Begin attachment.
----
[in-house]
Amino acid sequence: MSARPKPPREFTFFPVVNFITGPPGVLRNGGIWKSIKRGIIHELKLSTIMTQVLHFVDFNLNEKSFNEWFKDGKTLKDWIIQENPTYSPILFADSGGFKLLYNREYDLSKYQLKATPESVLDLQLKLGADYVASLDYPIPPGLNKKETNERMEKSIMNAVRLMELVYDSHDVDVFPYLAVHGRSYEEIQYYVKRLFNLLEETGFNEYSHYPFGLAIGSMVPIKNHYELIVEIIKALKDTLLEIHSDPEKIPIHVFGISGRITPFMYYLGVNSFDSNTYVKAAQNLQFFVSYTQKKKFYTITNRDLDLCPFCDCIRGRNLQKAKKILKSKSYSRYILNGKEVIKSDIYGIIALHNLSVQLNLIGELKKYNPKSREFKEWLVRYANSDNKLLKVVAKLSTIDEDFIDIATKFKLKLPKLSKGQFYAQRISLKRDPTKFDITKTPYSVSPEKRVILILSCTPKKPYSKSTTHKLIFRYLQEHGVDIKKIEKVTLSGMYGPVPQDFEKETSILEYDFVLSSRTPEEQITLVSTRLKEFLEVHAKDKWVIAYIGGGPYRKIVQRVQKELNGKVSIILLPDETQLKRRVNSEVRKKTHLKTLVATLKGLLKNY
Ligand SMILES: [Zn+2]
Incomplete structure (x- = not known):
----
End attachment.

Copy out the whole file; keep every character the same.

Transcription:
[in-house]
Amino acid sequence: MSARPKPPREFTFFPVVNFITGPPGVLRNGGIWKSIKRGIIHELKLSTIMTQVLHFVDFNLNEKSFNEWFKDGKTLKDWIIQENPTYSPILFADSGGFKLLYNREYDLSKYQLKATPESVLDLQLKLGADYVASLDYPIPPGLNKKETNERMEKSIMNAVRLMELVYDSHDVDVFPYLAVHGRSYEEIQYYVKRLFNLLEETGFNEYSHYPFGLAIGSMVPIKNHYELIVEIIKALKDTLLEIHSDPEKIPIHVFGISGRITPFMYYLGVNSFDSNTYVKAAQNLQFFVSYTQKKKFYTITNRDLDLCPFCDCIRGRNLQKAKKILKSKSYSRYILNGKEVIKSDIYGIIALHNLSVQLNLIGELKKYNPKSREFKEWLVRYANSDNKLLKVVAKLSTIDEDFIDIATKFKLKLPKLSKGQFYAQRISLKRDPTKFDITKTPYSVSPEKRVILILSCTPKKPYSKSTTHKLIFRYLQEHGVDIKKIEKVTLSGMYGPVPQDFEKETSILEYDFVLSSRTPEEQITLVSTRLKEFLEVHAKDKWVIAYIGGGPYRKIVQRVQKELNGKVSIILLPDETQLKRRVNSEVRKKTHLKTLVATLKGLLKNY
Ligand SMILES: [Zn+2]
Incomplete structure (x- = not known):